To align everything along the edge of a device takes designing and mounting the boards in a certain way, and the ports and speakers, and the buttons and jacks, and the grills and every other detail so they all line up at exactly the right place at the end. Painstaking is likely an understatement.

… [O]nce you know the back of the fence wasn’t painted, not only can you never un-know it, you can never stop wondering what else wasn’t given that same care and consideration.

The principle he’s talking about is totally sound. That attention to even the tiniest detail is also why I love Apple products. But this is off the deep end. The perfect-center-alignment that Ritchie is looking for is a matter of taste, and it’s entirely subjective as to whether it matters or is indicative of anything. To Apple’s designers, and to him, aligning everything that way is pleasing and worthwhile, and so they go to painstaking effort to achieve it. Samsung’s folks probably don’t feel the same way about that kind of symmetry. Or they do, and just made the choice to allocate their time and energy to other things.

It’s a fallacy to presume that this was an oversight or neglect on Samsung’s part, and not a mere difference of priorities. The Galaxy line, while not to my own aesthetic tastes, has obviously delighted many, many people with the choices Samsung has made. They like the things Samsung said “yes” to, such as the curved screen on the Edge model, the glass on the front and back, the superior camera, etc. Some of those same people are less than delighted by their decision to say “no” to a removable battery, for example, but I can bet that their delight is unhindered by Samsung’s saying “no” to utter pan-dimensional symmetry in the ports.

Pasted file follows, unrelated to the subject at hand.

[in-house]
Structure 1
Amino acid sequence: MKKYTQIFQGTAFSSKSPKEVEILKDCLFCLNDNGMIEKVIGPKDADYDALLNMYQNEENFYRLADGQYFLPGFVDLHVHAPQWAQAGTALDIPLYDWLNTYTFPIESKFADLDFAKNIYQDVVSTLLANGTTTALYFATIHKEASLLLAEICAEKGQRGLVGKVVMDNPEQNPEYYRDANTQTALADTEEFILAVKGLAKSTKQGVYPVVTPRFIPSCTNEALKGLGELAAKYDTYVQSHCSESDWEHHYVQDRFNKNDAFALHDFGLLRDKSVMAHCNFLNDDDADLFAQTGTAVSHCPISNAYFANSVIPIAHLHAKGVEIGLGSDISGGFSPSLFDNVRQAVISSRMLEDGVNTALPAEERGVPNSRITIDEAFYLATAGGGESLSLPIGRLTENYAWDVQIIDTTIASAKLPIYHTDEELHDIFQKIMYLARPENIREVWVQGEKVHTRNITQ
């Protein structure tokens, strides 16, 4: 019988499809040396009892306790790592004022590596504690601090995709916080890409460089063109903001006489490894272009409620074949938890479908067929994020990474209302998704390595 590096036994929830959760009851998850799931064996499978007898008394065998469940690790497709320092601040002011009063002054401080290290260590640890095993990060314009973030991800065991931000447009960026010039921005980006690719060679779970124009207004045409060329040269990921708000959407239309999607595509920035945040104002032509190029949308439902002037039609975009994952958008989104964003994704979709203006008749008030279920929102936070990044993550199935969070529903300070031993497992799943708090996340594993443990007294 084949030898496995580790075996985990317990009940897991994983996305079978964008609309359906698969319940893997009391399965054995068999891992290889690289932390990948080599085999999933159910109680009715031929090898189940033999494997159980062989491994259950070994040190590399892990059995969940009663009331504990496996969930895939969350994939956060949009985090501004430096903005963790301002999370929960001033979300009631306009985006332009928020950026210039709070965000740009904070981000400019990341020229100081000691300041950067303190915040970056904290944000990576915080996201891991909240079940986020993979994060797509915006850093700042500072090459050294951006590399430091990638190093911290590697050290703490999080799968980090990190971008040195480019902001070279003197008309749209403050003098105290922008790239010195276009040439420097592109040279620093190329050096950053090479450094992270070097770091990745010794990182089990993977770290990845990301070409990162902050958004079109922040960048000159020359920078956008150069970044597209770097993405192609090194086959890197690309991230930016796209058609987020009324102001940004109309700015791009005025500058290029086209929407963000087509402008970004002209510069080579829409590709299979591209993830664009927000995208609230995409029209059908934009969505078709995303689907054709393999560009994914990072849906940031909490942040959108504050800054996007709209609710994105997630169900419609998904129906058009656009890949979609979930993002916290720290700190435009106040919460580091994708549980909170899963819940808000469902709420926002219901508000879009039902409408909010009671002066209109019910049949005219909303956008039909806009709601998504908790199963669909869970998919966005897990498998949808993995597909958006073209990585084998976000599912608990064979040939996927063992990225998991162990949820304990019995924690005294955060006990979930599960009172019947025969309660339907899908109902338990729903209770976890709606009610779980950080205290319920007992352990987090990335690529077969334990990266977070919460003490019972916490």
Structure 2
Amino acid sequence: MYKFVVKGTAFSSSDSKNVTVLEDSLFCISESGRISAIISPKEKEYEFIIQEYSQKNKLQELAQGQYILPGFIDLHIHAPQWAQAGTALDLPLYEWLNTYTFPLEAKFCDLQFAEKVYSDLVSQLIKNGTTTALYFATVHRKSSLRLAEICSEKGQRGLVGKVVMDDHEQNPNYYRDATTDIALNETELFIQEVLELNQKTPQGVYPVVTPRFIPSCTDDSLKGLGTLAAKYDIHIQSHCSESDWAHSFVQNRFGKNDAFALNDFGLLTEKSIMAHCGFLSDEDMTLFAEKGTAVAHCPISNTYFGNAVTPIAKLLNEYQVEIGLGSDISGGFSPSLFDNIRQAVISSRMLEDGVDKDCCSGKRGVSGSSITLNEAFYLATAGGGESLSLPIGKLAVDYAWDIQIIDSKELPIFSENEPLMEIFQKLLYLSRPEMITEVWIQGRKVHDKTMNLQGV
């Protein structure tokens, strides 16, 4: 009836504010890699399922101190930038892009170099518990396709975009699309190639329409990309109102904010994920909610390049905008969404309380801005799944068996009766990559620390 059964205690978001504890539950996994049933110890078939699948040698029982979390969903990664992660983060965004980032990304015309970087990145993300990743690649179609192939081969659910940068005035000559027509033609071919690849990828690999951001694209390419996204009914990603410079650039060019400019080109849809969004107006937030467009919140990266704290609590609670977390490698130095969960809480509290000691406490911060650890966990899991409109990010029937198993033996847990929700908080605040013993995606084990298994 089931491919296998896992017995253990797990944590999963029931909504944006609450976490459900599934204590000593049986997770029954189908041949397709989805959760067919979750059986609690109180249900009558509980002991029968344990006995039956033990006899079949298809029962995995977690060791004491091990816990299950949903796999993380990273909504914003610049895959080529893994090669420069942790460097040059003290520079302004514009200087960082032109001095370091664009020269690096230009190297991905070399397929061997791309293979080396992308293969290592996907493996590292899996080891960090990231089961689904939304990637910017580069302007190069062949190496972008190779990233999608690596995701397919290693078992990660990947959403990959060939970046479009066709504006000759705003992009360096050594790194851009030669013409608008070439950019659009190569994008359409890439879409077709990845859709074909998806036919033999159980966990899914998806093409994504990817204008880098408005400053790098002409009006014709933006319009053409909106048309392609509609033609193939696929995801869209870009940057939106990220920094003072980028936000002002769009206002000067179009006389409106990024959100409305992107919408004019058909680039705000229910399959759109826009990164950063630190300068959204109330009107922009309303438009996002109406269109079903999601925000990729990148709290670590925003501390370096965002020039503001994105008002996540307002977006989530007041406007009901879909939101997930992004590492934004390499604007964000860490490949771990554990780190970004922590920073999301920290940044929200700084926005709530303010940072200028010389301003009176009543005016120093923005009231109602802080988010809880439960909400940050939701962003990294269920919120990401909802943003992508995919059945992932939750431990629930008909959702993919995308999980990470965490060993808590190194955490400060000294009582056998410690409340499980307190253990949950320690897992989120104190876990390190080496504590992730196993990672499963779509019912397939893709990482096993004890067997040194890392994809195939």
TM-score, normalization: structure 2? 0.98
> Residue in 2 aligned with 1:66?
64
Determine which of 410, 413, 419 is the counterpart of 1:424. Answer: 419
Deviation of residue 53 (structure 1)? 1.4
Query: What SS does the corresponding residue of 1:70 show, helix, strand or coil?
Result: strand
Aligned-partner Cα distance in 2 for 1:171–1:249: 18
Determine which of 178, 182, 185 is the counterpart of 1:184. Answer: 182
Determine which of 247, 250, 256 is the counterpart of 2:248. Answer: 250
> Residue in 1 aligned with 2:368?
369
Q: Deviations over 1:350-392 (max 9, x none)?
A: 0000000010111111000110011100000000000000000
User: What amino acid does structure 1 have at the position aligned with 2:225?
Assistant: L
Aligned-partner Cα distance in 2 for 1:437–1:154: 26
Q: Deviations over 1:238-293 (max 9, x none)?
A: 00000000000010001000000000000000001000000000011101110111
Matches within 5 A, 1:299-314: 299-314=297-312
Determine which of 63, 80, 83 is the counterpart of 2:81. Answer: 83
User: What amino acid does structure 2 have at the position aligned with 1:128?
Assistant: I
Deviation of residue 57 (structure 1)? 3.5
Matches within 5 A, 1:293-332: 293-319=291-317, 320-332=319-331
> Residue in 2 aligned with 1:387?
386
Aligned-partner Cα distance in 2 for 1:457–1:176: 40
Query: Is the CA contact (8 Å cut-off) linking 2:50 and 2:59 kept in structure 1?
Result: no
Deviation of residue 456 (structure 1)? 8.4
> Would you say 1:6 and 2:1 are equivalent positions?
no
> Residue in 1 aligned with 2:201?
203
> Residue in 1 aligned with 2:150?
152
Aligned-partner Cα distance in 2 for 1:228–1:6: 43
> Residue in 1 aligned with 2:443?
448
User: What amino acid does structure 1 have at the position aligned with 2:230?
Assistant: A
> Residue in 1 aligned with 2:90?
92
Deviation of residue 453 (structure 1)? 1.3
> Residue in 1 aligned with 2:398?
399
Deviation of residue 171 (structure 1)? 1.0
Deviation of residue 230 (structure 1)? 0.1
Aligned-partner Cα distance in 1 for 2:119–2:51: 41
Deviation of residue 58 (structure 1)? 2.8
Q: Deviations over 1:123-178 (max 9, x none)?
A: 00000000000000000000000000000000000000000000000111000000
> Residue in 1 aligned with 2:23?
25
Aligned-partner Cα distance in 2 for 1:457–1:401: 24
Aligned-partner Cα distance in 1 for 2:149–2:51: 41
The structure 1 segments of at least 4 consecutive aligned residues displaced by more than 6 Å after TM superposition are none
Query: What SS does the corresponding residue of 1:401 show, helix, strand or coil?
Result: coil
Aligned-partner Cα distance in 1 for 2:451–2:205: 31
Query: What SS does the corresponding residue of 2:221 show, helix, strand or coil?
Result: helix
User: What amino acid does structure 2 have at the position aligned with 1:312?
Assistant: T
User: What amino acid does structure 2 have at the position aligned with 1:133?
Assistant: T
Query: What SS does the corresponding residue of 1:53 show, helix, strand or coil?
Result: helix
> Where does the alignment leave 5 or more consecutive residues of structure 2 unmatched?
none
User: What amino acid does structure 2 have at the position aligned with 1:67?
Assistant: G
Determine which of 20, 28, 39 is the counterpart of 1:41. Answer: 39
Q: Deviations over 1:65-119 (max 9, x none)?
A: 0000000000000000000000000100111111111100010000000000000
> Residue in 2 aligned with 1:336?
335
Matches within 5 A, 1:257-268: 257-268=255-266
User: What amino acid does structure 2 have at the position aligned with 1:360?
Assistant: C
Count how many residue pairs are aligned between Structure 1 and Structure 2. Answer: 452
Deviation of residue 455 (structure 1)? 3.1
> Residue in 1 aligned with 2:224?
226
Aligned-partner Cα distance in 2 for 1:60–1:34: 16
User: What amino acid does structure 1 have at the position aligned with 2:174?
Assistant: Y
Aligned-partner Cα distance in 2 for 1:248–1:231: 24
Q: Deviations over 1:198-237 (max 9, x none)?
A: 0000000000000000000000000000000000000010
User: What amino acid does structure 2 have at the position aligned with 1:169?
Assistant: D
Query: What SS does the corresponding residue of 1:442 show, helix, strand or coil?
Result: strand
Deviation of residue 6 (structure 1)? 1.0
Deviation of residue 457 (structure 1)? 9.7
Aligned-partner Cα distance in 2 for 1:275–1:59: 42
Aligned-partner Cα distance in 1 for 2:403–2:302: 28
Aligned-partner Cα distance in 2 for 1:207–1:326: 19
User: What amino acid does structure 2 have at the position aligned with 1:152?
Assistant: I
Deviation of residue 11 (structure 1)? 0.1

This kind of nit-pickery frustrates me, not just because it seems a bit silly, but it’s part of an attitude that implies not just an aesthetic but an almost moral superiority for one design approach over another. I know that this is not Ritchie’s intent by any means, but his piece feeds into this morass of a zeitgeist among Apple pundits that creates a perception of snobbery, whether fair or not, that turns so many off. I love Apple stuff, but I am woozy from it.

Samsung’s designs are not for me, and I do indeed vastly prefer Apple’s sensibilities to Samsung’s, but I also recognize that this is just a subjective preference, and does not imply that I am therefore a better person or smarter user of technology. I think, for example, Motorola’s designs of late for the Moto X and Nexus 6 have been just as striking as Apple’s.

Just in case, I checked to see if my Nexus 6 is “aligned” to Apple standards, and while the power and volume buttons on the side are indeed aligned, the headphone jack is not aligned with the SIM card tray on the top. So obviously, it’s junk, right? As a very happy user of this phone, I clearly don’t know enough to make my own technology decisions, and Motorola and Google obviously don’t care about design or their customers.

And I’m sure their fences are disgusting.